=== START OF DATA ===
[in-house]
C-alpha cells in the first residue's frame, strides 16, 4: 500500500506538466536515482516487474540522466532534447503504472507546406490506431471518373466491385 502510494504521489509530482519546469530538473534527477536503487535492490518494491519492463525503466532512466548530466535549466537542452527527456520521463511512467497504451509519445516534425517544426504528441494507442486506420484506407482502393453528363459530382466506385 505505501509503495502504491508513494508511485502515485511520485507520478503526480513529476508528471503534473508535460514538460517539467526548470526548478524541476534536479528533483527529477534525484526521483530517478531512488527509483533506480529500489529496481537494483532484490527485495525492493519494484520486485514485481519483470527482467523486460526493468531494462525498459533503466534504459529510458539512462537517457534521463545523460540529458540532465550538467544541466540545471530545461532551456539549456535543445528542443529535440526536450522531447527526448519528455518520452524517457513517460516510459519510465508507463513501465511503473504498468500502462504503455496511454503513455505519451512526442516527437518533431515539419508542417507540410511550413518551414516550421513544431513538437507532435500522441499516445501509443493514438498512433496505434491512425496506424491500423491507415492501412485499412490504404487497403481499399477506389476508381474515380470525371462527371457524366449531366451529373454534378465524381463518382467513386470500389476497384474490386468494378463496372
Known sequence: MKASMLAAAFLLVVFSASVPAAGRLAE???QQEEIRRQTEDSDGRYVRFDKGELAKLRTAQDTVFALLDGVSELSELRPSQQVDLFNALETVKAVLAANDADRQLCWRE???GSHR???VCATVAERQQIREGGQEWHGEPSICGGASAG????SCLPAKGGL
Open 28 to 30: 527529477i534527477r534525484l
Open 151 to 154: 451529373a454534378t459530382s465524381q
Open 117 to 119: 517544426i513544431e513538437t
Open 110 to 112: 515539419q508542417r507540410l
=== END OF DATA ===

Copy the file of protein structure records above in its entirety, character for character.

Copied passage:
[in-house]
C-alpha cells in the first residue's frame, strides 16, 4: 500500500506538466536515482516487474540522466532534447503504472507546406490506431471518373466491385 502510494504521489509530482519546469530538473534527477536503487535492490518494491519492463525503466532512466548530466535549466537542452527527456520521463511512467497504451509519445516534425517544426504528441494507442486506420484506407482502393453528363459530382466506385 505505501509503495502504491508513494508511485502515485511520485507520478503526480513529476508528471503534473508535460514538460517539467526548470526548478524541476534536479528533483527529477534525484526521483530517478531512488527509483533506480529500489529496481537494483532484490527485495525492493519494484520486485514485481519483470527482467523486460526493468531494462525498459533503466534504459529510458539512462537517457534521463545523460540529458540532465550538467544541466540545471530545461532551456539549456535543445528542443529535440526536450522531447527526448519528455518520452524517457513517460516510459519510465508507463513501465511503473504498468500502462504503455496511454503513455505519451512526442516527437518533431515539419508542417507540410511550413518551414516550421513544431513538437507532435500522441499516445501509443493514438498512433496505434491512425496506424491500423491507415492501412485499412490504404487497403481499399477506389476508381474515380470525371462527371457524366449531366451529373454534378465524381463518382467513386470500389476497384474490386468494378463496372
Known sequence: MKASMLAAAFLLVVFSASVPAAGRLAE???QQEEIRRQTEDSDGRYVRFDKGELAKLRTAQDTVFALLDGVSELSELRPSQQVDLFNALETVKAVLAANDADRQLCWRE???GSHR???VCATVAERQQIREGGQEWHGEPSICGGASAG????SCLPAKGGL
Open 28 to 30: 527529477i534527477r534525484l
Open 151 to 154: 451529373a454534378t459530382s465524381q
Open 117 to 119: 517544426i513544431e513538437t
Open 110 to 112: 515539419q508542417r507540410l